Rebecca Moore, & Unpleasant Event Schedule the Band.




If you are a small press or magazine and would like to donate copies to sell, contact shanna at softskull dot com.



Monetary or gift certificate donations before the event may be made either directly to Todd & Elizabeth (email me for details), or donations are being accepted by the New York Red Cross (19 people have signed up for assistance at last count, 12 adults and 7 children).



Also, feel free to send Brooklyn apartment leads to me and I'll forward them on.



THANKS!

Friday, November 21, 2003

To conclude my report...

on my workshop with Harry Mathews, I will summarize the rest of "The Name Game" exercise and post some of my results.



Our first task after receiving and putting on our new identities, securing all the buckles and straps, was to write a little autobiography. I think we had 10 minutes or so.



In mine, I, Victoria Rosemarie Caranello, explained my three marriages (the first husband lives in Northern California, the second was my high-school sweetheart John and he died of a heart attack, and the third and current husband is Gene and he's the bartender at my Cajun Restaurant). The restaurant is named "Victoria Rosemarie's" and I'd like to open another location but can't decide what to name it. "Caranello's" sounds like an Italian joint, I think. I've already created the signature drink, a muffaletta martini: gin, straight up with a sniff of vermouth and a little spoon of muffaletta olive salad for a dirty garnish.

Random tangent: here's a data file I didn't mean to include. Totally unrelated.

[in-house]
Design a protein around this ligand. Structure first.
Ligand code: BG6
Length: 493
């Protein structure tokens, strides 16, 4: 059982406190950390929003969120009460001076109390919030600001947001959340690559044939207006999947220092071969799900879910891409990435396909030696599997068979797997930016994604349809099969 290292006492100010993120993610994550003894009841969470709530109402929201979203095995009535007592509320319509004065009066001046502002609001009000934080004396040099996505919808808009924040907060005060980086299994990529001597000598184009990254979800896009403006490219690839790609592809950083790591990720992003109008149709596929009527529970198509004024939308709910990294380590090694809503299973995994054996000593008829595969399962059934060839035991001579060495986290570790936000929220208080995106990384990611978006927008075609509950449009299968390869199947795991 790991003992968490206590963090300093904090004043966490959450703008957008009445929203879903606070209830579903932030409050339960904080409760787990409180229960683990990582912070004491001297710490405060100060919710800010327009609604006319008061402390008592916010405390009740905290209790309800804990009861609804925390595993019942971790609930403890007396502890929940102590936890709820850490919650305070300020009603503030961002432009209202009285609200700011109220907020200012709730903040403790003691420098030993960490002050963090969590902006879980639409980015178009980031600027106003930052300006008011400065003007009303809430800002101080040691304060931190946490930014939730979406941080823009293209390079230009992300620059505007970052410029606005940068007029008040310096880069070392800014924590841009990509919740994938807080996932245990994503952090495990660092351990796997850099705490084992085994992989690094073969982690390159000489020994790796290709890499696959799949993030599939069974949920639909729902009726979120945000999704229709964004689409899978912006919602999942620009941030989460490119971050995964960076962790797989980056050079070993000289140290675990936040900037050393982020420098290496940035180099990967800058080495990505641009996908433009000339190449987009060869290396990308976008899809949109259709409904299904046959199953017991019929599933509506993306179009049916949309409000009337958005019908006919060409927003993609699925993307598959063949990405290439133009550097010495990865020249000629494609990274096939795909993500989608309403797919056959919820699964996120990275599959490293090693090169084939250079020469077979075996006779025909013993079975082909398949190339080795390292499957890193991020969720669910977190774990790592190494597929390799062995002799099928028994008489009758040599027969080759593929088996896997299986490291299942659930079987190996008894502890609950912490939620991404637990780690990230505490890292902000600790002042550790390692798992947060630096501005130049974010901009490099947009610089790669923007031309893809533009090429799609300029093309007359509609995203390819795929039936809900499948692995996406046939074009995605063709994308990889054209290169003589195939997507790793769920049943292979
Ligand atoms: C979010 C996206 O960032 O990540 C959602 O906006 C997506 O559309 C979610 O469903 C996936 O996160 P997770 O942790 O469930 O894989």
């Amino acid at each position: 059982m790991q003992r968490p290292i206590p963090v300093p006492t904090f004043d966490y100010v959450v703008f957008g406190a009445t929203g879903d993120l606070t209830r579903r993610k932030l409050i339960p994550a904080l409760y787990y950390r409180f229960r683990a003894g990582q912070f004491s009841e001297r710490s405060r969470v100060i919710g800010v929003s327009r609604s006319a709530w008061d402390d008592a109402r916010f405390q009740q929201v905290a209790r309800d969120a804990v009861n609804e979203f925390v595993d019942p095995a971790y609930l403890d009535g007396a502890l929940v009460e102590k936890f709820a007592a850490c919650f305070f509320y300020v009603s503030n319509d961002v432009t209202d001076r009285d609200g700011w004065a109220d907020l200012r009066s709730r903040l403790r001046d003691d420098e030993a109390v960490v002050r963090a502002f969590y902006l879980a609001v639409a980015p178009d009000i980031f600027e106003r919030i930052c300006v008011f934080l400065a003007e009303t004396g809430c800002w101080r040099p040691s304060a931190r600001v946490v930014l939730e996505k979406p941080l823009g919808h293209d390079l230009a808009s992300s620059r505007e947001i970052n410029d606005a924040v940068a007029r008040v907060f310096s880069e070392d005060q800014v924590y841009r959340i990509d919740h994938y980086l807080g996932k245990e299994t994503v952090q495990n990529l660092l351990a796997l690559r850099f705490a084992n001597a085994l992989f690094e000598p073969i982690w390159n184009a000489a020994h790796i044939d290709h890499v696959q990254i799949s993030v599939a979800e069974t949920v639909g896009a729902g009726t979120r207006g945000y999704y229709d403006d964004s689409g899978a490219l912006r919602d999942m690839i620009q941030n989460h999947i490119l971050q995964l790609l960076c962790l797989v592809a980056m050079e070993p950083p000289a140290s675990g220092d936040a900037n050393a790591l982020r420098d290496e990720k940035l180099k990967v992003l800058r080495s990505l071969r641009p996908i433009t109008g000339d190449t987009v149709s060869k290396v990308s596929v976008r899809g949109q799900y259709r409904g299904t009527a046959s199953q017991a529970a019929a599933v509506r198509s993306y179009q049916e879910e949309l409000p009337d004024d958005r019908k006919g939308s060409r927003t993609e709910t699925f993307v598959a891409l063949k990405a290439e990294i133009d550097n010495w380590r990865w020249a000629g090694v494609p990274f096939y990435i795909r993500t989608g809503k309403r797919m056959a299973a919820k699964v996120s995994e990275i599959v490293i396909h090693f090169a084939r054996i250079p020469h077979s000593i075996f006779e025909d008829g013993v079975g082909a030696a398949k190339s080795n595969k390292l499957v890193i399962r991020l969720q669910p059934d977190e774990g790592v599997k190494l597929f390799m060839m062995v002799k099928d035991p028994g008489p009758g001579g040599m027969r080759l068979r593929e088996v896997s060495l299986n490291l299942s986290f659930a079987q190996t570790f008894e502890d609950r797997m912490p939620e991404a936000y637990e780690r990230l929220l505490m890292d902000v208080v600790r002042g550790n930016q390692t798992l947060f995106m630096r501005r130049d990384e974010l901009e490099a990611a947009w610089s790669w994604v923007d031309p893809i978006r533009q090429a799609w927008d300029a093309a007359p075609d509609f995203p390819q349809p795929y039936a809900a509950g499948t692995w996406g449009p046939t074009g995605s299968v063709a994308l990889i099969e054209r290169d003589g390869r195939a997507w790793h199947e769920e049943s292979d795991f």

You get the gist.



Then we had 5 minutes or so to write about an important incident in our lives. I wrote about running into John, my high-school sweetheart, after returning to New Orleans after my first divorce. John became my second husband. We ran into each other at the grocery store. It was the day before Thanksgiving. I invited him over for pie the next night after dinner. And so were the days of our lives.



Etc.



The next part of the exercise was to write another incident in our lives, but one that involves one of the other personae the class has created. I chose Renee LeVey--she had the name for it. Remember, she's 31 and playing the field, and works as a coatcheck girl on the weekends. So I put her to work at Victoria Rosemarie's. Here's that incident:



One night Renee came in late--not like that's a rare occurance--and after apologizing and me saying it was fine, god bless her--she sashayed off to the coat room. The first few customers were already checking their jackets with Gene, who was going back and forth between the coat room and the bar. As Renee came in and Gene came out, I swear to god she grabbed his left asscheek.



Just as I was about to head over there and giver her the keep-your-hands-off-my-husband what-for, Gene said to her "Well, I didn't know that you didn't know that I'm married to the boss. But now you know...and so does she," turning to look in my direction.